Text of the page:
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A.M. Gorky Institute
of World Literature
of the Russian Academy of Sciences

IWL RAS Publishing

A.M. Gorky Institute of World Literature
of the Russian Academy of Sciences


Povarskaya 25a, 121069 Moscow, Russia



Types of publications

About the author:

Vasily E. Molodyakov (Tokyo, Japan), LL.D. (Political science), PhD in History, Professor, Takushioku University.


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In the life and work of French writer and essayist Charles Maurras (1868– 1952), born in a Provençal town Martigues (Dept. Bouches-du-Rhône), ancestral estate Chemin de Paradis (Way to Paradise) belonged to his mother’s family occupied a very special place. Maurras spent there at least one month a year, taking off newspaper and political work, wrote books, engaged in landscape design and hosted guests. Built in the late 17th century the estate is integrated with the garden, lanes of cypresses and olive grows in the neighbourhood. Thinking the manor as his familial estate as well as the quintessence of his “small motherland” (Martigues) Maurras filled the garden with historical relics and designed the memorial architectural composition La Mur des Fastes (Wall of Glory) as its semantic center. That’s why estate Chemin de Paradis may be considered as one of the most important artworks of Maurras equal to his major books. Minstrel of his native Provence and Martigues Maurras wrote numerous poems and essays about his estate which in his life-time became one of town’s famous places and was pictured on postcards. Now this is a municipal house-museum open to public.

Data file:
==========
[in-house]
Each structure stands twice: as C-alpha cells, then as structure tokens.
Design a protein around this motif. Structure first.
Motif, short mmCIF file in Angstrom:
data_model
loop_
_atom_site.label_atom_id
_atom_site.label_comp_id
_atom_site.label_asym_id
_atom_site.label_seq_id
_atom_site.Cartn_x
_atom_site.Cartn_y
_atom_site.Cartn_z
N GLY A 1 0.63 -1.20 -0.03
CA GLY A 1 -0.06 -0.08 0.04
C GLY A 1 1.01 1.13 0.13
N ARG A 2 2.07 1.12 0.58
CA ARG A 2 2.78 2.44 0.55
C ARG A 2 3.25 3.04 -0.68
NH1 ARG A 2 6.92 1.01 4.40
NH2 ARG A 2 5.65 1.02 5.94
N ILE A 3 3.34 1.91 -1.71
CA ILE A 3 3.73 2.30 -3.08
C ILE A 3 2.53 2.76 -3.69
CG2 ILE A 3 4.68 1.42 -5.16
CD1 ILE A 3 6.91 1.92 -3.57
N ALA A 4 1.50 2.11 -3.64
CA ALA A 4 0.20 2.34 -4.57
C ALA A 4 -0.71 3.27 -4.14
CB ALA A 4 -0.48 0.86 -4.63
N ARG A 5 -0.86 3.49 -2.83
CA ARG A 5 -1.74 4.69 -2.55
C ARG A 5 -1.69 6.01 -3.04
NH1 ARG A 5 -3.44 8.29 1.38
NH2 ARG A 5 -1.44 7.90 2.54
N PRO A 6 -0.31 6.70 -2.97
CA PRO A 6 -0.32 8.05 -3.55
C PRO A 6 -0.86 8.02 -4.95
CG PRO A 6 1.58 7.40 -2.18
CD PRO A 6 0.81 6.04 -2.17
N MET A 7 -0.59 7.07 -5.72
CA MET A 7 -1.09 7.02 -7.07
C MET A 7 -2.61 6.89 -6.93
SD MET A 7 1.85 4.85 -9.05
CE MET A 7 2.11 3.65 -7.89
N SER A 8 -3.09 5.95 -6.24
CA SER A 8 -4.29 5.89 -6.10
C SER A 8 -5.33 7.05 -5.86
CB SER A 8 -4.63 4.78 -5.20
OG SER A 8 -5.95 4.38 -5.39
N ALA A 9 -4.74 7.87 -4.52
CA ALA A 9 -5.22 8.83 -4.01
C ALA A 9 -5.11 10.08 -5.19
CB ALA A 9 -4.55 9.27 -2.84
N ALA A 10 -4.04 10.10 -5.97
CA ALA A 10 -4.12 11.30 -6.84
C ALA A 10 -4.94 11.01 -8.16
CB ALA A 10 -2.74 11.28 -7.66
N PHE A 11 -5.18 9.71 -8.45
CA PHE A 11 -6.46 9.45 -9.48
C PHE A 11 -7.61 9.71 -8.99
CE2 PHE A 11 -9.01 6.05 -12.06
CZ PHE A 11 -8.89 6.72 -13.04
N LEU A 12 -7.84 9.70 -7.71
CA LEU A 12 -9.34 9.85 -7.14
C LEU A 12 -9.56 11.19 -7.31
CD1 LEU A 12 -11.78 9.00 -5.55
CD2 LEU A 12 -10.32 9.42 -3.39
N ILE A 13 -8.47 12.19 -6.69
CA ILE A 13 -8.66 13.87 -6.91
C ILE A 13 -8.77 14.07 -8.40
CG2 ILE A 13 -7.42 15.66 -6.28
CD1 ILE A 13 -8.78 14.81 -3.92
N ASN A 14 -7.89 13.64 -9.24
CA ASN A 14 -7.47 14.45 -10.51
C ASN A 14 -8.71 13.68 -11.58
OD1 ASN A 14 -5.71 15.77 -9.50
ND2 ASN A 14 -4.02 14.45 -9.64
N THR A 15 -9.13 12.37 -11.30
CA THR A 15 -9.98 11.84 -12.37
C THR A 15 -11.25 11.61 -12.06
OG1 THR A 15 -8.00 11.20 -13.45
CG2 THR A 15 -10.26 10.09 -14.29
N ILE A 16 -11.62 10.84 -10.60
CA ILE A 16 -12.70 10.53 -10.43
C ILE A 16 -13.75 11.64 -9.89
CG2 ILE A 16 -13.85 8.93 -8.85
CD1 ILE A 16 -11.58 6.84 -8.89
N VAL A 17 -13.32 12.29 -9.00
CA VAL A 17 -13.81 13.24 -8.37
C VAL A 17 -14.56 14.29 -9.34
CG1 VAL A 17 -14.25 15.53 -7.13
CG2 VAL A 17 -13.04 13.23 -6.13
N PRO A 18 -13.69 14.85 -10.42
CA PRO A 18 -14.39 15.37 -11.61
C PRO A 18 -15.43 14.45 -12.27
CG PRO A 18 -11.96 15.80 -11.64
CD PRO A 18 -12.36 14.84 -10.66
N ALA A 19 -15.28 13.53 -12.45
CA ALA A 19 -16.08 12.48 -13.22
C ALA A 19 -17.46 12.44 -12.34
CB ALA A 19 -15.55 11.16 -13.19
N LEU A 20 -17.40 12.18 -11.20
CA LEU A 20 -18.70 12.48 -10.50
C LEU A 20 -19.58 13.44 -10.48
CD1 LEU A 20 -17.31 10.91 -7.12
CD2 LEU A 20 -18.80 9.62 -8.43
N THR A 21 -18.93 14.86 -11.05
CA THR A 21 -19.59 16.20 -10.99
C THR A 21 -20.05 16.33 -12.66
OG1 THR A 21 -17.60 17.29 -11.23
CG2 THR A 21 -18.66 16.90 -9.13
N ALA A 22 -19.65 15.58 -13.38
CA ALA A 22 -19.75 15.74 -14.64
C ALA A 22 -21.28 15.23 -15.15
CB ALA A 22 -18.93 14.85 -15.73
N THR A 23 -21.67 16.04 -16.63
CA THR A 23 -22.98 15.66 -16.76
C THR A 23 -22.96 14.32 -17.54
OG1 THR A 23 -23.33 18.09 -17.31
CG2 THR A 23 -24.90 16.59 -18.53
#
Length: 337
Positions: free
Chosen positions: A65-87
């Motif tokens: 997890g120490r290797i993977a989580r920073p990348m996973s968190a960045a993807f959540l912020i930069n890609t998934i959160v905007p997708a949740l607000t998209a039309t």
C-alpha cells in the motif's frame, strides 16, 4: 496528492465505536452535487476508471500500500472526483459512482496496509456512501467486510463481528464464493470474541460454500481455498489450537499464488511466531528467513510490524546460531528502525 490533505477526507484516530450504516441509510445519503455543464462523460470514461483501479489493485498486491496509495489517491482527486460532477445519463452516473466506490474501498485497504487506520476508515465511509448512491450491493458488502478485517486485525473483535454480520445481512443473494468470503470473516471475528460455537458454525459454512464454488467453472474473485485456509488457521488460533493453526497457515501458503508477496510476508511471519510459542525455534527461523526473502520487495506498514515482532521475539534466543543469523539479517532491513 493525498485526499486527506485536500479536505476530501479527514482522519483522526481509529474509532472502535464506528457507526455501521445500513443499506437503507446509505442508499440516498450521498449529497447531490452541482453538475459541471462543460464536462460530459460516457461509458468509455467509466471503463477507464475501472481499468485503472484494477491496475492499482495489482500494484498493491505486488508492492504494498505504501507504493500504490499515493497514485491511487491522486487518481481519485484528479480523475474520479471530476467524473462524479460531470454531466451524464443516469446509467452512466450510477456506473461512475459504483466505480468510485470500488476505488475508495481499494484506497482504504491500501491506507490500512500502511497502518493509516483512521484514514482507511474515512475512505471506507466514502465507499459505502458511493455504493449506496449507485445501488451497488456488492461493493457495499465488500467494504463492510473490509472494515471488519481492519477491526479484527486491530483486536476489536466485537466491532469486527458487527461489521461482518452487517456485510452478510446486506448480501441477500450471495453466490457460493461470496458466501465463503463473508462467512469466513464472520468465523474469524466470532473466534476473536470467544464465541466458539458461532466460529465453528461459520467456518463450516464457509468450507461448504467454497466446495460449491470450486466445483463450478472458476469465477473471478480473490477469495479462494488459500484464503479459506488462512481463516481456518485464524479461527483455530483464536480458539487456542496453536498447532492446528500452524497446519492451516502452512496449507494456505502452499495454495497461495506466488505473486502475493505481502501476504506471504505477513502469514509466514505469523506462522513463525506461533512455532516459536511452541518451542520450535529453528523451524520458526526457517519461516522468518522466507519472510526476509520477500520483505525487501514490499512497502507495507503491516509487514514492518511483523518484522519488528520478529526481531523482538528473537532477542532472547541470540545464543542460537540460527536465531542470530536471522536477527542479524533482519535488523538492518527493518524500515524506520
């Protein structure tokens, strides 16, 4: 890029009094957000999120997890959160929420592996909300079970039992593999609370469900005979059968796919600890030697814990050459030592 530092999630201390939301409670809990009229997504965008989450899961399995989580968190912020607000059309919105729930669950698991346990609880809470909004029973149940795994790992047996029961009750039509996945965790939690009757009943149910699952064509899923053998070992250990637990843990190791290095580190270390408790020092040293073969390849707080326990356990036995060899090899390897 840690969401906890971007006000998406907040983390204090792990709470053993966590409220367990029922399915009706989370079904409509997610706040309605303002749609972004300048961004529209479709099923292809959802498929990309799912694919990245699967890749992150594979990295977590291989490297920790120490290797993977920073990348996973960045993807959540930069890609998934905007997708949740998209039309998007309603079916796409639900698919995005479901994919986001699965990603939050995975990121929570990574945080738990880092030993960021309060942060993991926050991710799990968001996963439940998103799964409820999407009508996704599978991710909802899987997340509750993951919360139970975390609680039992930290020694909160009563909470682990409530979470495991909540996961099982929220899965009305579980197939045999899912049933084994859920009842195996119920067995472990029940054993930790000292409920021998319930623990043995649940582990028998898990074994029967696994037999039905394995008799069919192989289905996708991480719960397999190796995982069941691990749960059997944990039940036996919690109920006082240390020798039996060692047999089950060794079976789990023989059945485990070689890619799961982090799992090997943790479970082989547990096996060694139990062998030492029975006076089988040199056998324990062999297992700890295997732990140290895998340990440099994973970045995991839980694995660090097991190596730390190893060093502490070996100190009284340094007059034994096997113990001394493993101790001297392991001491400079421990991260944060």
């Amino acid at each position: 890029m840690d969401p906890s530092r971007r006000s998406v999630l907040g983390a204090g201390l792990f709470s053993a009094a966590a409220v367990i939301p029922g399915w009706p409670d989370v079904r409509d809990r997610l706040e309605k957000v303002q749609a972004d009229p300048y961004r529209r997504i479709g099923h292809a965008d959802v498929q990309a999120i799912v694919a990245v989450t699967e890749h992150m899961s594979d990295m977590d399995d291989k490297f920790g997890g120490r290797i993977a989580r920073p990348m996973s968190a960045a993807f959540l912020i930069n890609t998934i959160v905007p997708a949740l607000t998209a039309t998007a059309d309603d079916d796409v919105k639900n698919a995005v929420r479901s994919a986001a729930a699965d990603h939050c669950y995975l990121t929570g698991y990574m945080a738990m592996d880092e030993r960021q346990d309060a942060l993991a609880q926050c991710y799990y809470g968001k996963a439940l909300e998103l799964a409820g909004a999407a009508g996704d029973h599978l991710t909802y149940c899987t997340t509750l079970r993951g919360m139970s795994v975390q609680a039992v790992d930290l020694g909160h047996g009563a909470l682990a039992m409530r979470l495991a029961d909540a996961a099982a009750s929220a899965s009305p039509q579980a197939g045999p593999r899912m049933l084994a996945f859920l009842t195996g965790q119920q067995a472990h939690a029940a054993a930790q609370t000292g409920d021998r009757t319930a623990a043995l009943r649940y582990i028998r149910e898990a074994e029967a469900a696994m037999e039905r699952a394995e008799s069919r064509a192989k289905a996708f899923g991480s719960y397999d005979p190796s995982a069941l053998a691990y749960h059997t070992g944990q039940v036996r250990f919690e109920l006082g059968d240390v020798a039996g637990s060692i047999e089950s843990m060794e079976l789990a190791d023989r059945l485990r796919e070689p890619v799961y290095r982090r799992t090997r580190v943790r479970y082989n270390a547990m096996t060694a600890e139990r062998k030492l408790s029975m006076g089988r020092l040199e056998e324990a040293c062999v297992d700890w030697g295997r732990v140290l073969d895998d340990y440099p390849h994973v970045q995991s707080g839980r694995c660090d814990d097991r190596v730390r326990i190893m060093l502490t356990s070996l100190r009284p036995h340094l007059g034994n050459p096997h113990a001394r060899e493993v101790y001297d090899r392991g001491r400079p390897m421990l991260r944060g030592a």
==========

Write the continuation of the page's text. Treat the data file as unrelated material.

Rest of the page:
• Keywords: Charles Maurras, Martigues (town), estate, garden, poem, essay, cypress, memorial sign, historical memory, house-museum


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